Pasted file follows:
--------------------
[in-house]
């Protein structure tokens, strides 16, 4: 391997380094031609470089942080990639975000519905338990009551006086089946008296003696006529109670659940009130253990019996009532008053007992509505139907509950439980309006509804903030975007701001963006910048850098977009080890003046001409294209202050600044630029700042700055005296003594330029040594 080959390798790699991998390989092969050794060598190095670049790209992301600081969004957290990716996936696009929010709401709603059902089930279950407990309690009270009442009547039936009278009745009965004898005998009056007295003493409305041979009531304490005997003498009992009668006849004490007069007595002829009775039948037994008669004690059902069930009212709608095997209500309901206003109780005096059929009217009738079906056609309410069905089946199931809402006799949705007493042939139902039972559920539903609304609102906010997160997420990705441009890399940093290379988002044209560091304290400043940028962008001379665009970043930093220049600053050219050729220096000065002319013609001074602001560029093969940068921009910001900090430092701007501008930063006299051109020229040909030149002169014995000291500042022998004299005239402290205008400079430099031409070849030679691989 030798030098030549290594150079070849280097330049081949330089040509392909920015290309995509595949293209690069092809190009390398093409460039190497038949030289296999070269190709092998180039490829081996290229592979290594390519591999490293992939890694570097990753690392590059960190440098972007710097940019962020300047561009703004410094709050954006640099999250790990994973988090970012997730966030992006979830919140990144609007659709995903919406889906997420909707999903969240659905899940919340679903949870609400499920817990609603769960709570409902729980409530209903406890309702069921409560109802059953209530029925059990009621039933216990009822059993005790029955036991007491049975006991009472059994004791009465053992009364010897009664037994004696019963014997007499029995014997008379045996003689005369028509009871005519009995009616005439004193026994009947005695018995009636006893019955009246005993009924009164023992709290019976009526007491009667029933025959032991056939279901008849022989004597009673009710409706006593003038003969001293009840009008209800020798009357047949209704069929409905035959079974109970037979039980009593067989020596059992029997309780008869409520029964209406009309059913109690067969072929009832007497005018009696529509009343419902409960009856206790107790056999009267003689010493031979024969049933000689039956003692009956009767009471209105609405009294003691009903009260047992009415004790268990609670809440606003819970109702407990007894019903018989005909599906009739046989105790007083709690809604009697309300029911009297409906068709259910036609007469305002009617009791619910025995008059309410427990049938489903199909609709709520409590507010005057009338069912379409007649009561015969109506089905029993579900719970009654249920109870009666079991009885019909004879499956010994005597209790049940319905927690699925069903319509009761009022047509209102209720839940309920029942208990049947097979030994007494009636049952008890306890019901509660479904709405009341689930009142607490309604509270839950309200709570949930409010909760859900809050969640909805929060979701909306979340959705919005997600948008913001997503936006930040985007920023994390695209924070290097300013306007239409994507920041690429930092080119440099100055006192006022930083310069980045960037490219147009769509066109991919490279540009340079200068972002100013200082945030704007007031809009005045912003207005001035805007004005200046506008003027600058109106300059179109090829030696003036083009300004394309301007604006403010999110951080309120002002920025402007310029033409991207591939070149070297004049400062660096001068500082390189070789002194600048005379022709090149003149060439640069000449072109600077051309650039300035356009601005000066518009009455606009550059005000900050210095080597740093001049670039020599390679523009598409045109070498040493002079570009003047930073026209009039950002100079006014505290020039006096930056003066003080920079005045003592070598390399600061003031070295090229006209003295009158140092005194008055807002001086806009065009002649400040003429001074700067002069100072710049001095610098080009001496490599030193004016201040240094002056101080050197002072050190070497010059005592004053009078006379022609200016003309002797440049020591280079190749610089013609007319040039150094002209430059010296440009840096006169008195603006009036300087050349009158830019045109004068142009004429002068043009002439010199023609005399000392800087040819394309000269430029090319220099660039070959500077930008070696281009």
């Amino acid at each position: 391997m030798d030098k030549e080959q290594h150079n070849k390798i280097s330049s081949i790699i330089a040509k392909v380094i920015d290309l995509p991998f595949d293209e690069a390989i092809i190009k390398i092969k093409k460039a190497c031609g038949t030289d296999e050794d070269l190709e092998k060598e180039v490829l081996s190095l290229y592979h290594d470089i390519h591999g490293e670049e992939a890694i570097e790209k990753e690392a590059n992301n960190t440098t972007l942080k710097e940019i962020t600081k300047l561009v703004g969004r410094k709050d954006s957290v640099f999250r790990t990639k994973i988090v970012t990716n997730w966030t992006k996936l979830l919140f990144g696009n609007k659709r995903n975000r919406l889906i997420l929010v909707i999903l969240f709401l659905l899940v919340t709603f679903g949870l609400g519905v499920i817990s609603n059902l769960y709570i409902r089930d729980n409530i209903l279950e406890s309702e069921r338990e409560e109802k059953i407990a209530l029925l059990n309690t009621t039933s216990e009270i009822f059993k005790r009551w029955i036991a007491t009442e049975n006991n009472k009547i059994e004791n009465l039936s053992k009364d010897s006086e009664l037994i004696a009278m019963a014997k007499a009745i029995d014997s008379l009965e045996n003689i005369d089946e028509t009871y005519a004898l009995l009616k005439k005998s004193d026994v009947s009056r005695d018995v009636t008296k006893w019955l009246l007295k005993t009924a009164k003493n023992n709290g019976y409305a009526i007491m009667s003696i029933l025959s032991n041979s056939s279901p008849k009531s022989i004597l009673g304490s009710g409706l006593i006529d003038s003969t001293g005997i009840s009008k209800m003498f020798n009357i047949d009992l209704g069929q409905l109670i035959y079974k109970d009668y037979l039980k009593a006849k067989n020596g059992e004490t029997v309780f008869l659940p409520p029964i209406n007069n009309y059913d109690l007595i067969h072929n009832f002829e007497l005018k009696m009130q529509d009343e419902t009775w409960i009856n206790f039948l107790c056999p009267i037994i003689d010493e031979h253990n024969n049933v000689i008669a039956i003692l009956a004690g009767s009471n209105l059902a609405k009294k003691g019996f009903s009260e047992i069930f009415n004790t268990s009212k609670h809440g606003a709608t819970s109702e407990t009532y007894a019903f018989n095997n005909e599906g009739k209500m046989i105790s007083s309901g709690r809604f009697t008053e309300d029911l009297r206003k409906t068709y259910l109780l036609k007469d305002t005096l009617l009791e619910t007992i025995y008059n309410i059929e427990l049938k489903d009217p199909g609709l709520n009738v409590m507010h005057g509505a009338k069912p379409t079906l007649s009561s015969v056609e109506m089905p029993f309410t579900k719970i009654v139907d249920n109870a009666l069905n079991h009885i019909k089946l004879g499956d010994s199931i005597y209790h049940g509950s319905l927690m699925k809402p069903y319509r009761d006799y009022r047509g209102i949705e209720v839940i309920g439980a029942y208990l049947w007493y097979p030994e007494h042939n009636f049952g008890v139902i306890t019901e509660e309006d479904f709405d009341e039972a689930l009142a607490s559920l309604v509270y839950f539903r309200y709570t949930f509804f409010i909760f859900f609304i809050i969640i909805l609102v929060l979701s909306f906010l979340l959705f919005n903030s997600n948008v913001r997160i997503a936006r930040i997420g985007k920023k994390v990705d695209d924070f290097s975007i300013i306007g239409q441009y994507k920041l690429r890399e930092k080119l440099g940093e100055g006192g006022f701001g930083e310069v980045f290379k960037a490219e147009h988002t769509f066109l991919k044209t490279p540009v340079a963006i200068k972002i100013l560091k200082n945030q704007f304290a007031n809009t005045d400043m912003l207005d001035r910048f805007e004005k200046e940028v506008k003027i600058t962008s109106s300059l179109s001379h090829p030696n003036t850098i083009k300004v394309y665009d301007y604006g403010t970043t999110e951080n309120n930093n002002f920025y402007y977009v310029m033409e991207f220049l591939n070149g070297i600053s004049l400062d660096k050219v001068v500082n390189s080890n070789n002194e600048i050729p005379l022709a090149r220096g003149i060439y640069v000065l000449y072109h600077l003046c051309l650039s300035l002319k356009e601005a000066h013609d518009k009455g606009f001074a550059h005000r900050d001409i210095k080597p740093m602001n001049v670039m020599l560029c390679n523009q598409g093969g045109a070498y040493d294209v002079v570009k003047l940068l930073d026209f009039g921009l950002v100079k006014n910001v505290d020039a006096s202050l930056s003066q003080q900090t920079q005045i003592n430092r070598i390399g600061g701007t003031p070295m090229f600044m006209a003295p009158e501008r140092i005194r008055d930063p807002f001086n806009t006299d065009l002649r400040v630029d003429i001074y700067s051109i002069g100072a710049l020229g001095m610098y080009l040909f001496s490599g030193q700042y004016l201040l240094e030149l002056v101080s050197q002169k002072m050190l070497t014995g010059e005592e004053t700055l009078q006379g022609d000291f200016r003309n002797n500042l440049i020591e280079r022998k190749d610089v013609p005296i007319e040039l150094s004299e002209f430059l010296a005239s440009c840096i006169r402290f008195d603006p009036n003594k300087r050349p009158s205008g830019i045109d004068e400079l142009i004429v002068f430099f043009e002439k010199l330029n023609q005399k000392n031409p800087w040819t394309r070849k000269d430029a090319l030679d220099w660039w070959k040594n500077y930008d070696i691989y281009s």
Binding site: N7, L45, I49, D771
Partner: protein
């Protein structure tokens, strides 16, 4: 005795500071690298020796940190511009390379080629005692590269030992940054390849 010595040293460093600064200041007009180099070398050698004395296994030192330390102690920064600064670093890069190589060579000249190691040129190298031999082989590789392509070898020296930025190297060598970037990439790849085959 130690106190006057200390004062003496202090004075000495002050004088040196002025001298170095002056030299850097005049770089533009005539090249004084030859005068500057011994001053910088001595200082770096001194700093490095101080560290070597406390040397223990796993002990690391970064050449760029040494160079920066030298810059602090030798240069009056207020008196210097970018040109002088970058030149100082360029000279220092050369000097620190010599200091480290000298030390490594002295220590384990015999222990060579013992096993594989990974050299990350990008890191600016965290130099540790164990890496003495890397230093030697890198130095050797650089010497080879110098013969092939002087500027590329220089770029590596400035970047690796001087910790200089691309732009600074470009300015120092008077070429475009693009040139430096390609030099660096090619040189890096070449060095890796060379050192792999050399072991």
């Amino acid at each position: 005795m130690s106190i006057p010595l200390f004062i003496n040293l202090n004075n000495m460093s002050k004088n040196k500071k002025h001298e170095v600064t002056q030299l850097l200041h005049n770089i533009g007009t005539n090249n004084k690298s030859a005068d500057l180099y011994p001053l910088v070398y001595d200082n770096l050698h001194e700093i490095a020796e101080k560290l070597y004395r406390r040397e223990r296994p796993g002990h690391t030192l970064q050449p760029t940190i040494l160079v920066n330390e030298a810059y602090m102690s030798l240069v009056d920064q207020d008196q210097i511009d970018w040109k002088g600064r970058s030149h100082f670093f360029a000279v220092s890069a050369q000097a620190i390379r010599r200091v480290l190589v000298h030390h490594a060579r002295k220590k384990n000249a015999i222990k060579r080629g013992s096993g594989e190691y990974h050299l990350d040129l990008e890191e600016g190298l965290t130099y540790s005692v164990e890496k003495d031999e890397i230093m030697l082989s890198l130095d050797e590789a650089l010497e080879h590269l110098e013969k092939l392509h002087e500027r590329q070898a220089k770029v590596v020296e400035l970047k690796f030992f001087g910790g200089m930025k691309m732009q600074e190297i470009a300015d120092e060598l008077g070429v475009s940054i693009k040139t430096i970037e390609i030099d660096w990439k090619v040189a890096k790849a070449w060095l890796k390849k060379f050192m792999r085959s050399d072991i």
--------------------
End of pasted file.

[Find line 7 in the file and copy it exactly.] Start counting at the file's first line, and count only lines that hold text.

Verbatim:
């Amino acid at each position: 005795m130690s106190i006057p010595l200390f004062i003496n040293l202090n004075n000495m460093s002050k004088n040196k500071k002025h001298e170095v600064t002056q030299l850097l200041h005049n770089i533009g007009t005539n090249n004084k690298s030859a005068d500057l180099y011994p001053l910088v070398y001595d200082n770096l050698h001194e700093i490095a020796e101080k560290l070597y004395r406390r040397e223990r296994p796993g002990h690391t030192l970064q050449p760029t940190i040494l160079v920066n330390e030298a810059y602090m102690s030798l240069v009056d920064q207020d008196q210097i511009d970018w040109k002088g600064r970058s030149h100082f670093f360029a000279v220092s890069a050369q000097a620190i390379r010599r200091v480290l190589v000298h030390h490594a060579r002295k220590k384990n000249a015999i222990k060579r080629g013992s096993g594989e190691y990974h050299l990350d040129l990008e890191e600016g190298l965290t130099y540790s005692v164990e890496k003495d031999e890397i230093m030697l082989s890198l130095d050797e590789a650089l010497e080879h590269l110098e013969k092939l392509h002087e500027r590329q070898a220089k770029v590596v020296e400035l970047k690796f030992f001087g910790g200089m930025k691309m732009q600074e190297i470009a300015d120092e060598l008077g070429v475009s940054i693009k040139t430096i970037e390609i030099d660096w990439k090619v040189a890096k790849a070449w060095l890796k390849k060379f050192m792999r085959s050399d072991i």